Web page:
Lizzie Mintus: Hi, I'm Lizzie Mintus, founder and CEO of Here's Waldo Recruiting, a boutique video game recruitment firm. This is the Here's Waldo Podcast. In every episode, we dive deep into conversations with creatives, founders, and executives about what it takes to be successful. You can expect to hear valuable lessons from their journey and get a glimpse into the future of the industry.

This episode is brought to you by Here's Waldo Recruiting, a boutique recruitment firm for the game industry. We value quality over quantity, transparency, communication, and diversity. We partner with companies, creatives, and programmers to understand the why behind their needs. Before introducing today's guest, I want to give a big thank you to Conspire for introducing us. It is a meetup in Seattle- game devs, CEOs, investors, it is very interesting. Reach out to Olga for more information or Josh Ayala or me.

Today we have Stepan Kaiser with us. Stepan is the founder of Remangu, a platform for connecting remote people to game studios. He is passionate about fostering a safe environment for game developers to come together and create better games, which he can't wait to play. Let's get started. Thanks again for being here.

Stepan Kaiser: Hello Lizzie. It's great to be here. And thank you for the nice introduction.

Lizzie Mintus: You're welcome. From Estonia.

Stepan Kaiser: Yes, I'm from Estonia. It's the evening here already. I think it's the morning for you. Yeah, it's a very small country. I'm sure that probably not everybody knows it. Only 1 million people live here. It's Close to Russia, close to Finland, like northern part of Europe.

Lizzie Mintus: And can you sell us on Estonia? I was to go to Estonia. What's the one thing I wouldn't want to miss?

Stepan Kaiser: Okay, if you would like to come here as a tourist, then definitely Tallinn is like a beautiful medieval city. In the summer, the sea is actually quite warm, 23 degrees, but it's not as crowded as tourist destinations. On the opposite, in the winter you have half a meter of snow, one meter of snow, so you can like really experience the proper winter. People are nice here. You can get really lost in the woods if you want to, and you can really clean your head.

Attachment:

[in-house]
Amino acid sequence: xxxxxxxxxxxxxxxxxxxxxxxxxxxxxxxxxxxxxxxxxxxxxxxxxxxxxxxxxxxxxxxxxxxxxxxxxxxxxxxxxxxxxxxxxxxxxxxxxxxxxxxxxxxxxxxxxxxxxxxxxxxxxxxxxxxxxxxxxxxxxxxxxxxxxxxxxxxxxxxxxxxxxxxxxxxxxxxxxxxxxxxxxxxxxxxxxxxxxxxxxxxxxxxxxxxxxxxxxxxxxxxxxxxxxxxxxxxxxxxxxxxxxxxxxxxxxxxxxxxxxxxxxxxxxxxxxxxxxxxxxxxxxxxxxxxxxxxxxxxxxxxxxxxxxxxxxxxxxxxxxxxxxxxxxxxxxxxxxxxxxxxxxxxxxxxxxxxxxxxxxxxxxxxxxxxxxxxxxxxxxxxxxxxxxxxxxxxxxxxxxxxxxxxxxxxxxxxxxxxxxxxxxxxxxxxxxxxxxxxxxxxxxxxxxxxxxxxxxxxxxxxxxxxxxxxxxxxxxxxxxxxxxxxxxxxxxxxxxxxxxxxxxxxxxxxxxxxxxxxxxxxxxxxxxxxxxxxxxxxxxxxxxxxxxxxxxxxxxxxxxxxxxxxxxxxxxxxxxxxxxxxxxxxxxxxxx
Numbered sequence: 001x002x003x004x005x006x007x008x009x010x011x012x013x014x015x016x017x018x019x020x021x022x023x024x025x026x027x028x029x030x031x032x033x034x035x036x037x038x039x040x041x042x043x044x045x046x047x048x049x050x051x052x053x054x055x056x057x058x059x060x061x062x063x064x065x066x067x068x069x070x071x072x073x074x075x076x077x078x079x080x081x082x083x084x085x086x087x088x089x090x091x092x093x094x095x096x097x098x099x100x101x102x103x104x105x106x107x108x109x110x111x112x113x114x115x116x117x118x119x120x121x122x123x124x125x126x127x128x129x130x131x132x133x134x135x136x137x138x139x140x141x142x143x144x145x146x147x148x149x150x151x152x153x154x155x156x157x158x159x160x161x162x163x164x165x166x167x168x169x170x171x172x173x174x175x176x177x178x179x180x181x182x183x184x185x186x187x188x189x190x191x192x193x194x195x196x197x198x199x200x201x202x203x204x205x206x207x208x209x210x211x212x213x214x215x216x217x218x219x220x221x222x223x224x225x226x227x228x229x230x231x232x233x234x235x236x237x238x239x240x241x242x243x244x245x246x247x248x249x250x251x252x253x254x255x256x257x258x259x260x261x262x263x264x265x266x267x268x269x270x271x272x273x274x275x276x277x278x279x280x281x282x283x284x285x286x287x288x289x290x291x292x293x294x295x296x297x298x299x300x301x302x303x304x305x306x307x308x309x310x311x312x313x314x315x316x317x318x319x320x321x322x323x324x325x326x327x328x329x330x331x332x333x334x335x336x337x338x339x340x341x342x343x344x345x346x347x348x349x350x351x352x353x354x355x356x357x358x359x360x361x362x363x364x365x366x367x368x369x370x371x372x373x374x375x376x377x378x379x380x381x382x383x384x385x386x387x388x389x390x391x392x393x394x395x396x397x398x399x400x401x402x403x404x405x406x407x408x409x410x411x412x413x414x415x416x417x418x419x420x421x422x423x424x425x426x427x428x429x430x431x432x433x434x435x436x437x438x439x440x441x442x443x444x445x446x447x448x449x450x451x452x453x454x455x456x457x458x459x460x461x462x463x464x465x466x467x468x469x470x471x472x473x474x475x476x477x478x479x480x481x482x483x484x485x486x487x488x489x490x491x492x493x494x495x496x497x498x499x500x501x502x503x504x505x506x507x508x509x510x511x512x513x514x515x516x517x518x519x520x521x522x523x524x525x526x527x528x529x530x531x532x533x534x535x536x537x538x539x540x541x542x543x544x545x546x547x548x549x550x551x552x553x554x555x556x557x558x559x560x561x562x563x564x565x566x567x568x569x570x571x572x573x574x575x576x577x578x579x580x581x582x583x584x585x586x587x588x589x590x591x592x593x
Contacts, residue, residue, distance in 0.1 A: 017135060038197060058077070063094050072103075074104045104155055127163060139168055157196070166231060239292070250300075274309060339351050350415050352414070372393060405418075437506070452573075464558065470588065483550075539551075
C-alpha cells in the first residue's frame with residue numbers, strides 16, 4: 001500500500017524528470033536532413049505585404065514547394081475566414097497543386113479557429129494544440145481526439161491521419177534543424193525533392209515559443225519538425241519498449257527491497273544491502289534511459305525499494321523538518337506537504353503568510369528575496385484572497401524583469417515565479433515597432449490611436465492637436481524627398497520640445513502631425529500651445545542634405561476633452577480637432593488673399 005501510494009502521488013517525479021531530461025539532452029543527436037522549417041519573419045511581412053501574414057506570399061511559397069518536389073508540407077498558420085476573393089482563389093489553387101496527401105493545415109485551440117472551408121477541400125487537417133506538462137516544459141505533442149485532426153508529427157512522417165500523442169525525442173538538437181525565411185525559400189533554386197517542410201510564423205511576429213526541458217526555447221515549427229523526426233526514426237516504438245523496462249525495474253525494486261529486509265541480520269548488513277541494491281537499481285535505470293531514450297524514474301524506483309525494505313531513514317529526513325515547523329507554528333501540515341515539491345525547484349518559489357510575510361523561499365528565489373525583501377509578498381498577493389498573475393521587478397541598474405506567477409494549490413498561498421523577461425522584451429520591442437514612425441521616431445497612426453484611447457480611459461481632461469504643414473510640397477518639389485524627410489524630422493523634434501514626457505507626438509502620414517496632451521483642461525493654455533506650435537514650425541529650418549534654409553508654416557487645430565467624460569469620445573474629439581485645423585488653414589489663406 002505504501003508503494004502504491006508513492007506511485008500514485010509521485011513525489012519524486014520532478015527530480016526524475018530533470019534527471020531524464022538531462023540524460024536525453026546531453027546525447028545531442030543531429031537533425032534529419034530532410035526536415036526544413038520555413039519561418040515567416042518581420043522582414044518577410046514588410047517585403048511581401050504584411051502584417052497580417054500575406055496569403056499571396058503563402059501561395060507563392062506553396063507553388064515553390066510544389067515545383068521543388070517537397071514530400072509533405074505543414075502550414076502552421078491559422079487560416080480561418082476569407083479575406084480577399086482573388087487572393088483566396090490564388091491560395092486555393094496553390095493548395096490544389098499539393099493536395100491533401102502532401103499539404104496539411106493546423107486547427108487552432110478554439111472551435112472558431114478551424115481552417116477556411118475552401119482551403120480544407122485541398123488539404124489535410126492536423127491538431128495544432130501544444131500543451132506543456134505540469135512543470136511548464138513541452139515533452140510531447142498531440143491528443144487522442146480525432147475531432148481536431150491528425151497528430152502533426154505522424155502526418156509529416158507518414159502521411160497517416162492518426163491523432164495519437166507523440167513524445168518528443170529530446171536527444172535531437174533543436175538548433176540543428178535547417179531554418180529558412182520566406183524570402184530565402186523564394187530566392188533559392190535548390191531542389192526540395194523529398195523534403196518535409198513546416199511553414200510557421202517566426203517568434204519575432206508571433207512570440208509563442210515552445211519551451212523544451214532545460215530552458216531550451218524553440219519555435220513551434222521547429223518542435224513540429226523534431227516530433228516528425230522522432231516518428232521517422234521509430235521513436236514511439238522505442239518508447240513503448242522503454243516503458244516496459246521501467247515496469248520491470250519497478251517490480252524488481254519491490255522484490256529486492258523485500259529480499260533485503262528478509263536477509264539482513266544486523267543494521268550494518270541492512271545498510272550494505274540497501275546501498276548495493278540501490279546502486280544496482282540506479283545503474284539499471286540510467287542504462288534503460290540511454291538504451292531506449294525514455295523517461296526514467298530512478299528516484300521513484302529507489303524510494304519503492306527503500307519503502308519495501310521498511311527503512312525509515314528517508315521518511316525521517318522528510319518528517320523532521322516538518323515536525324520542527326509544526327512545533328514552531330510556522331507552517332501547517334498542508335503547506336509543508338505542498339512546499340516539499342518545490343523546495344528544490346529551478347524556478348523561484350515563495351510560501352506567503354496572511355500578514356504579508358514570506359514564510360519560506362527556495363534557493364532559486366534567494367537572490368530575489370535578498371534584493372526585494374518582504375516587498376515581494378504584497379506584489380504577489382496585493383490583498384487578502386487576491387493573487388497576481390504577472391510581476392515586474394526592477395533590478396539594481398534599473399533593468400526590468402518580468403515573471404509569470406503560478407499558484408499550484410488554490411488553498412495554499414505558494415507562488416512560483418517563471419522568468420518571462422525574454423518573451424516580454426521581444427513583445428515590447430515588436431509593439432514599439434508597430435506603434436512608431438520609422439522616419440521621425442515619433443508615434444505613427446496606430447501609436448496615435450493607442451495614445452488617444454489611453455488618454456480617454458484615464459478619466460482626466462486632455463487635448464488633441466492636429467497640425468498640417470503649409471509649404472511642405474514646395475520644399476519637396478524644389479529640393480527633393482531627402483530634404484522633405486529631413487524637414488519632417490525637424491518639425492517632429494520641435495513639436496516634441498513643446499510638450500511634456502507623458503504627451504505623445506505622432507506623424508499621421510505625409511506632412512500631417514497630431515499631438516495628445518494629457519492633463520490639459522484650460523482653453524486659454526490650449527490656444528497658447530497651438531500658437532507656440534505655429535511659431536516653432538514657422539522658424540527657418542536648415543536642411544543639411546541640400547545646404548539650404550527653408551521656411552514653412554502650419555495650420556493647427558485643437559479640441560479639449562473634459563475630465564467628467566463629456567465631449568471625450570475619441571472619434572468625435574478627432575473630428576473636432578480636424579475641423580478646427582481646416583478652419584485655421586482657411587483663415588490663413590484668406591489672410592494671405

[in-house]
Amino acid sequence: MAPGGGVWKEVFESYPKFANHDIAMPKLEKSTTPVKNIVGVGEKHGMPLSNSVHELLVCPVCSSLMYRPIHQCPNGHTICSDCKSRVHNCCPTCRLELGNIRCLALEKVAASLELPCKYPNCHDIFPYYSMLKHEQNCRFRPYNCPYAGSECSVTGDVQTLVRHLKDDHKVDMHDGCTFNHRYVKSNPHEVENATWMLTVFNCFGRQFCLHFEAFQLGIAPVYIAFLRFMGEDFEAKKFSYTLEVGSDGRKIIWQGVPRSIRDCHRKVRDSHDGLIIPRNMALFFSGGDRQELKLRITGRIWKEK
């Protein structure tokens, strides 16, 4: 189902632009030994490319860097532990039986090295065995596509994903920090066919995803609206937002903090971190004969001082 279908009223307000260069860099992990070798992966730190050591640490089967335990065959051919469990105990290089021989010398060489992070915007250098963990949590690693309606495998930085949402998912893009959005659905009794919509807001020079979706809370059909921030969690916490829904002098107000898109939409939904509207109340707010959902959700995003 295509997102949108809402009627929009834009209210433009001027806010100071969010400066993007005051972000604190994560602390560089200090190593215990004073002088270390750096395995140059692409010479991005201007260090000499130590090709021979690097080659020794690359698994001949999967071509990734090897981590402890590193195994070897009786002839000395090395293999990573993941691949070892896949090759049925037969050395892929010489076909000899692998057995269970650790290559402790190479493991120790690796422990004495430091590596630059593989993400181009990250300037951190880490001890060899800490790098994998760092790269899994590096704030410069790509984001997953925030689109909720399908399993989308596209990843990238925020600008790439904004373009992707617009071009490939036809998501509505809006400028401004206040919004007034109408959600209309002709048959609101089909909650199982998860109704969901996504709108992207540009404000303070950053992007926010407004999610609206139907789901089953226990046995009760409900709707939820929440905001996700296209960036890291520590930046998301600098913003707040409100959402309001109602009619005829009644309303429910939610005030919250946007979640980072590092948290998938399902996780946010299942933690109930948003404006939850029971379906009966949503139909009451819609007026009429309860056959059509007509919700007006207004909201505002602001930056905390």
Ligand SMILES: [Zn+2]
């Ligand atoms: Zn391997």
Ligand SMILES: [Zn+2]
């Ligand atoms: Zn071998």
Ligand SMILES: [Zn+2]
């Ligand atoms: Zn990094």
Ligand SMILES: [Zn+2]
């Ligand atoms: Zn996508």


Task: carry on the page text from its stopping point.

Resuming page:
Lizzie Mintus: That's a very good selling point. I have a three year old and I told him last week I was going to a party and he said, mama, there might be a lot of people there and you might want to leave. I like gatherings, but I also like to be alone. So that's a sell for me.

Can you start by telling us a bit about your company?

Stepan Kaiser: Yes. I think that today we want to talk mostly about the Remangu that I co-founded with my colleague Honza. We are quite a small startup. We launched the platform at the beginning of this year. And as you said, we are trying to create an environment to let game developers to work remotely. Let's say standard remote workspace in other companies is quite like normal right now. But in the game development, there are some like technical differences. And we are trying to solve them using cloud technologies and help companies to be also remote in the game development.

Lizzie Mintus: Tell me about what it took to launch the company. How did you meet your co founder? How did you decide on this?

Stepan Kaiser: Yeah. So I need to say that we are both actually coming from a company called Revolji. You can hear some like similarities in naming. It's like what we wanted to do. And Revolji is a cloud partner of Amazon Web Services and Google Cloud. By partner, we are helping companies move to cloud environment, be efficient in these like big cloud providers.

And in this company, I met Honza, who is a technical guy behind the Remangu. I think it all started during the COVID time, actually. Because, it was like 2020, if I remember correctly, there was one client from Czech Republic coming to us.